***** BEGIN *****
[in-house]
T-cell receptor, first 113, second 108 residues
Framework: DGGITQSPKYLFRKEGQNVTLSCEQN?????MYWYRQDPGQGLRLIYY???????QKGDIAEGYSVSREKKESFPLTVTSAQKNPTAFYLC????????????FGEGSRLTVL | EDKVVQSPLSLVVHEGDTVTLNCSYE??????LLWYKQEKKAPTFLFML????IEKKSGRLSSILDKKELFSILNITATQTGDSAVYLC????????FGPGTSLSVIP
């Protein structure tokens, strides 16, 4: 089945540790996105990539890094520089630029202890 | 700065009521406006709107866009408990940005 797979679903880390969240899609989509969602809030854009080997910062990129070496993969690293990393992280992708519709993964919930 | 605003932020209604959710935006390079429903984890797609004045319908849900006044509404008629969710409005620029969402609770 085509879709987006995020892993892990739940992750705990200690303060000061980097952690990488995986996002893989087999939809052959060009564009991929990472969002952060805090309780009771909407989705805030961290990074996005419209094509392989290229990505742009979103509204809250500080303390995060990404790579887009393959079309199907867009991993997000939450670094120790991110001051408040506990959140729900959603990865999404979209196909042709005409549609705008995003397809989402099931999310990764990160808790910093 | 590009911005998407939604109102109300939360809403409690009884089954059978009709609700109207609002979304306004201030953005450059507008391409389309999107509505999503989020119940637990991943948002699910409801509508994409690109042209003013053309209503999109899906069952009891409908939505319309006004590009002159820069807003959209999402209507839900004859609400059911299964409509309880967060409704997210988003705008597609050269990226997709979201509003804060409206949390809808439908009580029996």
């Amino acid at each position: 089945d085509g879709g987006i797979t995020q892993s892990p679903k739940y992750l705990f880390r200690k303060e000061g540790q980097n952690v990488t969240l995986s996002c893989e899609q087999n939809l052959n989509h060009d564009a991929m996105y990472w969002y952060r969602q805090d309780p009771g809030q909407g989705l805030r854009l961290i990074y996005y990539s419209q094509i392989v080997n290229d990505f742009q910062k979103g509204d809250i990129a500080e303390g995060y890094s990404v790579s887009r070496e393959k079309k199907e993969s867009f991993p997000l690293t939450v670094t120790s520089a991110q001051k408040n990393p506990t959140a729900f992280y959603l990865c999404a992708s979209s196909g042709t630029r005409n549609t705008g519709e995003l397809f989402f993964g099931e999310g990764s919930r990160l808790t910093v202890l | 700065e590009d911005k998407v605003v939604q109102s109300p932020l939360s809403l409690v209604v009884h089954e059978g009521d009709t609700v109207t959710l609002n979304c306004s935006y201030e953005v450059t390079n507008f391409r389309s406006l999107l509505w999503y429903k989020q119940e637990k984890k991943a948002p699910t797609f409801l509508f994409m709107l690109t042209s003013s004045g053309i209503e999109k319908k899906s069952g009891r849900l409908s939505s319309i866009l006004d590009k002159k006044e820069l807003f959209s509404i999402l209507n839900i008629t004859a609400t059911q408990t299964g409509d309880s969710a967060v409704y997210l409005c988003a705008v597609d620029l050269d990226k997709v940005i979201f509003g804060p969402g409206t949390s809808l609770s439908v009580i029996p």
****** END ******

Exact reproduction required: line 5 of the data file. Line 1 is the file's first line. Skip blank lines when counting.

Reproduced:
């Amino acid at each position: 089945d085509g879709g987006i797979t995020q892993s892990p679903k739940y992750l705990f880390r200690k303060e000061g540790q980097n952690v990488t969240l995986s996002c893989e899609q087999n939809l052959n989509h060009d564009a991929m996105y990472w969002y952060r969602q805090d309780p009771g809030q909407g989705l805030r854009l961290i990074y996005y990539s419209q094509i392989v080997n290229d990505f742009q910062k979103g509204d809250i990129a500080e303390g995060y890094s990404v790579s887009r070496e393959k079309k199907e993969s867009f991993p997000l690293t939450v670094t120790s520089a991110q001051k408040n990393p506990t959140a729900f992280y959603l990865c999404a992708s979209s196909g042709t630029r005409n549609t705008g519709e995003l397809f989402f993964g099931e999310g990764s919930r990160l808790t910093v202890l | 700065e590009d911005k998407v605003v939604q109102s109300p932020l939360s809403l409690v209604v009884h089954e059978g009521d009709t609700v109207t959710l609002n979304c306004s935006y201030e953005v450059t390079n507008f391409r389309s406006l999107l509505w999503y429903k989020q119940e637990k984890k991943a948002p699910t797609f409801l509508f994409m709107l690109t042209s003013s004045g053309i209503e999109k319908k899906s069952g009891r849900l409908s939505s319309i866009l006004d590009k002159k006044e820069l807003f959209s509404i999402l209507n839900i008629t004859a609400t059911q408990t299964g409509d309880s969710a967060v409704y997210l409005c988003a705008v597609d620029l050269d990226k997709v940005i979201f509003g804060p969402g409206t949390s809808l609770s439908v009580i029996p």